Physics Help Forum Mass calculation

 Mar 19th 2013, 10:13 AM #1 Junior Member   Join Date: Mar 2013 Posts: 2 Mass calculation I'm having a bit of trouble with this question and was hoping to get a push in the right direction. When calculating the mass of the earth which has a greater effect; error in the length of the semi-major axis or the time period of the orbit.
 Mar 19th 2013, 11:13 AM #2 Physics Team     Join Date: Jun 2010 Location: Morristown, NJ USA Posts: 2,341 I assume this has to do with calculating the mass of the earth from orbital paramaters of the moon or satellite in orbit, right? If so, then consider that from basic orbital mechanics: GMm/R^2 = m w^2 R, where w = rotational velocity, and the orbital period T= 2 pi/w. Do some rearranging: GM = 4 pi^2 R^3/T^2 Note that the powers that R and T are raised to are different. From this - would an error of, say 2% in R have a bigger or smaller effect on the calculated quantity GM than a 2% error in T?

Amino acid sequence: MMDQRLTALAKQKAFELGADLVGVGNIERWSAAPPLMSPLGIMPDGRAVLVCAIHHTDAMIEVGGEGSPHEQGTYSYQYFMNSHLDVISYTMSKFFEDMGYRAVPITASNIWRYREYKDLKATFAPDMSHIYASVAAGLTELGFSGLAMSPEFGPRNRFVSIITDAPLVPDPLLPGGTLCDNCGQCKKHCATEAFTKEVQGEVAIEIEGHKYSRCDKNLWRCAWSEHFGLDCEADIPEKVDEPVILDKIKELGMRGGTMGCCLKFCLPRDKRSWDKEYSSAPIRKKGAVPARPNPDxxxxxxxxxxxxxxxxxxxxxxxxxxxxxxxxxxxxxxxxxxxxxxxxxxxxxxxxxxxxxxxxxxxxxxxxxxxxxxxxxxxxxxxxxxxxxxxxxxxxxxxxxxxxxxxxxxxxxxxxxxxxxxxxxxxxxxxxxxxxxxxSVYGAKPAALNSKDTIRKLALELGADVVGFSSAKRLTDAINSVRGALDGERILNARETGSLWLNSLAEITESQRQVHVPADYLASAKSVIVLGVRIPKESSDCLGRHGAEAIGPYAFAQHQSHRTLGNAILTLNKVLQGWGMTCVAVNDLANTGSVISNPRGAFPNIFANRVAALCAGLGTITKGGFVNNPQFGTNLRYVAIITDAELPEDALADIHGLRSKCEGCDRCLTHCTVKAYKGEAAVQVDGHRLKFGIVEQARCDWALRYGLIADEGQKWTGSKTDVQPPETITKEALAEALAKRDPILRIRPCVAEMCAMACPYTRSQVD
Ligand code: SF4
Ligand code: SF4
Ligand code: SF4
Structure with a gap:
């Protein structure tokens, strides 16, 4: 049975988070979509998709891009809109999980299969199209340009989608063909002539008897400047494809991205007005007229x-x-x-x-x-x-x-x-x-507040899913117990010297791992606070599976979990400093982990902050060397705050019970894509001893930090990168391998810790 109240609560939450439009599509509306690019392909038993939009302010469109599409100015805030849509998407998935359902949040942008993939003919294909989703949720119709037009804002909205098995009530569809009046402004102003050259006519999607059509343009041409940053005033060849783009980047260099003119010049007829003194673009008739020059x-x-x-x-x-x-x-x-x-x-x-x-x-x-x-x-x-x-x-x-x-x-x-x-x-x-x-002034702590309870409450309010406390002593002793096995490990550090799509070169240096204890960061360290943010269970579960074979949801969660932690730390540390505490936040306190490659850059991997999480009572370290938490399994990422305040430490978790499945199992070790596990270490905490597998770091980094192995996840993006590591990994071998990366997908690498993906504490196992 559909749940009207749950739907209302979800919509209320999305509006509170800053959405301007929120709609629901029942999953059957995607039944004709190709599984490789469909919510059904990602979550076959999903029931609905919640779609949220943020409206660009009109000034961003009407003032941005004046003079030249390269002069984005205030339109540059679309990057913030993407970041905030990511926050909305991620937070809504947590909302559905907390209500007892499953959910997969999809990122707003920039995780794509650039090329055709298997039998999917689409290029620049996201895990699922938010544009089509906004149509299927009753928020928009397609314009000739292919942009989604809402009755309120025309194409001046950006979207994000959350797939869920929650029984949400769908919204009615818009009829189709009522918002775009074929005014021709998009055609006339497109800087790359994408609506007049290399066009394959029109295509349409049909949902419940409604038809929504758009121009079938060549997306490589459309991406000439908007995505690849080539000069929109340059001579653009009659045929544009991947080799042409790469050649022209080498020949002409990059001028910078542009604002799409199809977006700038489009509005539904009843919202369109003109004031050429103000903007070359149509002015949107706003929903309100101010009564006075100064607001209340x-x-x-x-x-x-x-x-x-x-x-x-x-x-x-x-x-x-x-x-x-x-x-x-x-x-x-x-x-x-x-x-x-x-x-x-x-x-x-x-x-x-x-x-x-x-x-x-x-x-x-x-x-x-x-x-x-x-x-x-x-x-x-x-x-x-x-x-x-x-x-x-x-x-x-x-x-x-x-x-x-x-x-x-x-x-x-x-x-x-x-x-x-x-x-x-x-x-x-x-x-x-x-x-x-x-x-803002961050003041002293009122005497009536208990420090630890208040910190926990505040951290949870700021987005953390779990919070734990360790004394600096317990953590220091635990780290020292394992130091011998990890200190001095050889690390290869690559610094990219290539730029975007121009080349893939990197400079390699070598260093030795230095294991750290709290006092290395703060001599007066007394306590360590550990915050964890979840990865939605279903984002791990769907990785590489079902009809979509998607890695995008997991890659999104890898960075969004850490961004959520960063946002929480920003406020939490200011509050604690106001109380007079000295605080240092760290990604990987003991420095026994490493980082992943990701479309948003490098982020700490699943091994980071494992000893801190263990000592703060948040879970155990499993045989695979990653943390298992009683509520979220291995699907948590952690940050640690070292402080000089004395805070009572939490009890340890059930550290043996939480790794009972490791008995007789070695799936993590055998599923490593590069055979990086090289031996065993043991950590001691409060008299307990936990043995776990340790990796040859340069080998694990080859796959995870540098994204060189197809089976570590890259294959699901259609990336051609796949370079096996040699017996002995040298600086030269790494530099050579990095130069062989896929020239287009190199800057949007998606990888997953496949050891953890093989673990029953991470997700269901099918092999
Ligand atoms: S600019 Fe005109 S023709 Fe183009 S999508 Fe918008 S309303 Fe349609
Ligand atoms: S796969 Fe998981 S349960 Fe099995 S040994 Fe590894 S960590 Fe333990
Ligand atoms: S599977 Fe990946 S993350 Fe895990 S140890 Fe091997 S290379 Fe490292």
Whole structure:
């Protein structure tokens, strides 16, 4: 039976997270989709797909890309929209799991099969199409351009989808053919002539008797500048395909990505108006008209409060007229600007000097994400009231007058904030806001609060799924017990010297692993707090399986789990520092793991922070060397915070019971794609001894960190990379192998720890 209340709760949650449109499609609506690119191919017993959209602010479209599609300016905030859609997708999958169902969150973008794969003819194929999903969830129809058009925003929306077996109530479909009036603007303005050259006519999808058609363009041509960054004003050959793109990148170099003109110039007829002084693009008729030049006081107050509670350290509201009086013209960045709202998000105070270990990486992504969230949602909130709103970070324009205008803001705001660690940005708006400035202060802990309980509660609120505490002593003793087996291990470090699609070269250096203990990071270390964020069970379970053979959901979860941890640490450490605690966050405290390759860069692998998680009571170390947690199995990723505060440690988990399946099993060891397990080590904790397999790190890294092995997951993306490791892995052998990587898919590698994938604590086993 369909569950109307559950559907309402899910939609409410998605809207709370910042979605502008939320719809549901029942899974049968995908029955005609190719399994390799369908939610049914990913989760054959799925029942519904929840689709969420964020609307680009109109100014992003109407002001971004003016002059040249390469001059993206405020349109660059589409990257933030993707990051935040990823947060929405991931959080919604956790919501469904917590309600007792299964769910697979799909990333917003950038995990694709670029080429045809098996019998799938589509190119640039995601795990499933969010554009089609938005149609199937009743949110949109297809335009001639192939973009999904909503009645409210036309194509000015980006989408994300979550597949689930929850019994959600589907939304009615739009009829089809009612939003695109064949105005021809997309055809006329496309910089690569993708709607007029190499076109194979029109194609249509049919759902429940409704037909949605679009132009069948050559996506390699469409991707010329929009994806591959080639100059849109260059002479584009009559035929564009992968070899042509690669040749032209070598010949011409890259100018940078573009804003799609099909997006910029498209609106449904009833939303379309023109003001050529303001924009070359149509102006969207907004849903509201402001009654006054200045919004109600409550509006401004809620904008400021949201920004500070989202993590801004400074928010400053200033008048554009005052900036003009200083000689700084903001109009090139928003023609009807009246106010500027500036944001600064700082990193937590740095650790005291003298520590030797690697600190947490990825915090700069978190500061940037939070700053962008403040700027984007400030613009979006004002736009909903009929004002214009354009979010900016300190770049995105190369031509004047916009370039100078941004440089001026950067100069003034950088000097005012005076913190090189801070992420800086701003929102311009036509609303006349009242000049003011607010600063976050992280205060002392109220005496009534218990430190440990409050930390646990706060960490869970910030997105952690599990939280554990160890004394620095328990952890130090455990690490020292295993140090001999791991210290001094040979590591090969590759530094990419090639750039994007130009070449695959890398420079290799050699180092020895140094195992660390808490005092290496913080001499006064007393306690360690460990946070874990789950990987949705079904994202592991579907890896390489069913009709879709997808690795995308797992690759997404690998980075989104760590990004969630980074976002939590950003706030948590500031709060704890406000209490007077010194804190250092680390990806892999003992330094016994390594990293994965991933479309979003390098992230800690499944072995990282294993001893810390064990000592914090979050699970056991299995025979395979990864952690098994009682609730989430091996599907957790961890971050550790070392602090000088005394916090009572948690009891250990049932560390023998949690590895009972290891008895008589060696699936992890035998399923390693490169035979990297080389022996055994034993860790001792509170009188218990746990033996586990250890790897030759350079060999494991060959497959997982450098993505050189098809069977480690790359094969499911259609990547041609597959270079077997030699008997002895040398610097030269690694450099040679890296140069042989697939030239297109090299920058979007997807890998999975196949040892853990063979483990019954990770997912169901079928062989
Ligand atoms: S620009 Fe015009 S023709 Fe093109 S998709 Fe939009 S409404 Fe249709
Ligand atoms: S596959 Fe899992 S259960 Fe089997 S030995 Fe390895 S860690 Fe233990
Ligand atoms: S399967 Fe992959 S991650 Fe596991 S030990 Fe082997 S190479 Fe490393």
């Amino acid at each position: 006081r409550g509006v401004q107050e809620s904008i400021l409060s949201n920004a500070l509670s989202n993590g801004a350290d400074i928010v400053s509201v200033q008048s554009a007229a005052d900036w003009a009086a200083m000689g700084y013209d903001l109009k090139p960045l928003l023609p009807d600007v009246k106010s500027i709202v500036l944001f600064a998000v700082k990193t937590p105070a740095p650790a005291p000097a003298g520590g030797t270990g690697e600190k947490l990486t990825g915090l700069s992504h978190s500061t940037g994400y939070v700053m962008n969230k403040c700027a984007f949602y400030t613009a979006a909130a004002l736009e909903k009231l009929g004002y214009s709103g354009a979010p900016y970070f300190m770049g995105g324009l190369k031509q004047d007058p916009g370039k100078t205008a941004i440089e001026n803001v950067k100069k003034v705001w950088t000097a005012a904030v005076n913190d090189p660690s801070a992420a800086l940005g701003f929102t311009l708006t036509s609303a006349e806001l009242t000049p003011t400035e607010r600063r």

Mar 20th 2013, 03:42 AM #3 Junior Member   Join Date: Mar 2013 Posts: 2 Thank you Chip, that makes perfect sense.
 Apr 1st 2013, 05:28 AM #4 Junior Member   Join Date: Apr 2013 Posts: 1 A brief background on what the BMI is, is it is a number calculated from a person's weight and height for determining body fat and thus your ideal weight based on your height. Did you know that it wasn't even developed by a dietician, it was developed by a mathematician? __________________ audio visual carts for schools

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